Skyrim Revelation

Never let it be said that I’m a perfect and infallible teacher – because that’s simply never going to be the case.  We, as educators, are always under construction and learning every day as we teach.  For me, a moment like this occurred a few weeks ago.  I wrote this the day of through a twitter thread and then went to work on expanding it and exploring it in a deeper fashion.  Check out the thread and then come back for my full draft of my memoir.

Skyrim Revelation

We’ve been doing quick writes to build a reserve of ideas for our memoir unit. Yesterday I made the move to temporarily ban using @FortniteGame as a subject in my student’s quick writes. Needless, they were less than thrilled. My reasoning was to have them dig deeper. The game is a very accessible subject for them (that’s a good thing), however I was (and remain) concerned that using a moment from the game for their memoir will leave them struggling to write an effective and dynamic memoir. Mind you, I play Fortnite as well. But the quandary is this – compared to other subjects/events/moments – can they extrapolate the experience into a strong memoir with a solid “So What?” that carries weight and impacts the reader?

I’m currently sitting in the “probably not” chair (I’m still not sure where I stand on this subject) but I will say this – I did my own quick write where I talked about @BethesdaStudios’s Skyrim and the first time I played it when it was released. I wrote about how I hadn’t really played video games since high school – which was back in 2001. Skyrim hit shelves on November 11th, 2011. I wrote about the moment when the music and the opening scene played, I felt something shake loose within me – that old gamer was awakened once more. As I created my character I began to insert parts of my identity into the character but there were other elements of the story that I was telling through my choices that were unique to this character. I began to tell my own story through the game and invest my time and creativity into carrying the story through the DLCs. This sparked my interest in @WWEgames. I created my own wrestling superstar character in those games. Mr. DeLay became “The Professor” – he was part me but also, he was something else – a muscle bound force for good in the squared circle. Taking a stand against the bad guys or “heels” in the ring. He was teaching them the lessons they needed to learn. He was the part of me that I’ve always wanted to be – the good guy or “face” who took on the evil in the world and stood his ground. He’s (The Professor) had all kinds of costume changes over the years and his entrance has continued to evolve but he’s always come back to his teacher roots – standing for what’s right and showing others how it’s done. So, that moment where I clicked on my PS3 and Skyrim filled the grainy box TV – it’s a significant moment in my life. I now have over 100 computer games via @steam_games. I found @dragonage and played all three games. I explored the @FarCrygame series. I fell in love with gaming all over again. And it started with that first day in the land of Skyrim and those first steps of my journeys.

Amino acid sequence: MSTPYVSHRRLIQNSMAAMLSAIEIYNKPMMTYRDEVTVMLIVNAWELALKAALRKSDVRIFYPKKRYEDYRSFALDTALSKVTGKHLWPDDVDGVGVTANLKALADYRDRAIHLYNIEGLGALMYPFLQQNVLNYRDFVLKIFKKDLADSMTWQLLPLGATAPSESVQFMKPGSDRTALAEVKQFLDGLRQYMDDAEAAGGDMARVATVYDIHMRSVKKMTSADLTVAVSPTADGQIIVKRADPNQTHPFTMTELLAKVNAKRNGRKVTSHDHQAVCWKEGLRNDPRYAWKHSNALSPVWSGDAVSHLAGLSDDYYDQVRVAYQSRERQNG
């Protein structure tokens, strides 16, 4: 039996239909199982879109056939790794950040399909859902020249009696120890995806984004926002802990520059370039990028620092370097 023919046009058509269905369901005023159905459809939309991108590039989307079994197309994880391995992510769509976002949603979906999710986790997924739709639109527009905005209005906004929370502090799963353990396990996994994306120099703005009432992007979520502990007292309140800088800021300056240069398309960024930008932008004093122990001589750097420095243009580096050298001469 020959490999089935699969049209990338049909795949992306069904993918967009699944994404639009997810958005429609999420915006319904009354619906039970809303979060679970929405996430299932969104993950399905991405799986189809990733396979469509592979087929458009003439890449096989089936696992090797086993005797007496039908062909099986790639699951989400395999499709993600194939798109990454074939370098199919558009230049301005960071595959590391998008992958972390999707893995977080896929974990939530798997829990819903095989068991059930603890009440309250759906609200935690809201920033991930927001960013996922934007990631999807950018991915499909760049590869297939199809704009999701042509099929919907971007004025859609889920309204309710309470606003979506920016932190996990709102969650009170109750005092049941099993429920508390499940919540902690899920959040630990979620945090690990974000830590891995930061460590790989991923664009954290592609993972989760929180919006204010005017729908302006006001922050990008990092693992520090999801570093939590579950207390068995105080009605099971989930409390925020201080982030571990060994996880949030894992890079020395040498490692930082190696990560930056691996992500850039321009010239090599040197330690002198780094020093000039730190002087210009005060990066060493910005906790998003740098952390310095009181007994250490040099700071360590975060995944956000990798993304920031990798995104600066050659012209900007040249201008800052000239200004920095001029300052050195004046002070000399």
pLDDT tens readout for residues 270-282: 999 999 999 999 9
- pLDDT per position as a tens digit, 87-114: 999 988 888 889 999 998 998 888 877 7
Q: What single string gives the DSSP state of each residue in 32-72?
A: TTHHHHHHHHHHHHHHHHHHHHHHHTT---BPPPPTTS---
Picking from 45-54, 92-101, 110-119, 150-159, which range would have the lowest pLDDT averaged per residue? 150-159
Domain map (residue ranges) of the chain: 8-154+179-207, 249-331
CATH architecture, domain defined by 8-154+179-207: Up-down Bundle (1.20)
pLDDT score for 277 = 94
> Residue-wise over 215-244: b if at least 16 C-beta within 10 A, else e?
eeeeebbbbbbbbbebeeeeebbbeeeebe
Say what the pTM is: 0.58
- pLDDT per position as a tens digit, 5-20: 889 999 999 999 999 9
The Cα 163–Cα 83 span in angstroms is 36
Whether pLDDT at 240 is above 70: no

I’ve told one story, but there are so many more to be created. Such is the power of games with role playing elements in them like Skyrim, or Dragon Age – you can become the story and write new history with each playthrough. For me, The Dragonborn story helped me see the great things that video games can offer. What can others imagine or create? What can our students build? There are few limits within these worlds. Perhaps this is the way we help a student see the power of writing stories – that they can come from anywhere, even from a flickering screen of a video game. When they begin to work on their memoirs it should be a thing of freedom, of open fields, and a blank map. There shouldn’t even be a predetermined key with restrictive requirements that hinder the expansive creativity that simmers just below the surface of the student. Sure, there’s an end point – the memoir must be written and it must be turned in for evaluation. But how the student gets there should be less “this way or that way” and more “your way”. A tough lesson to learn for a student teacher, but an important and necessary piece of being a successful educator is being a lifelong learner. I’ll be remembering that each morning when my classroom is empty and waiting to fill with the minds and ideas of my students.

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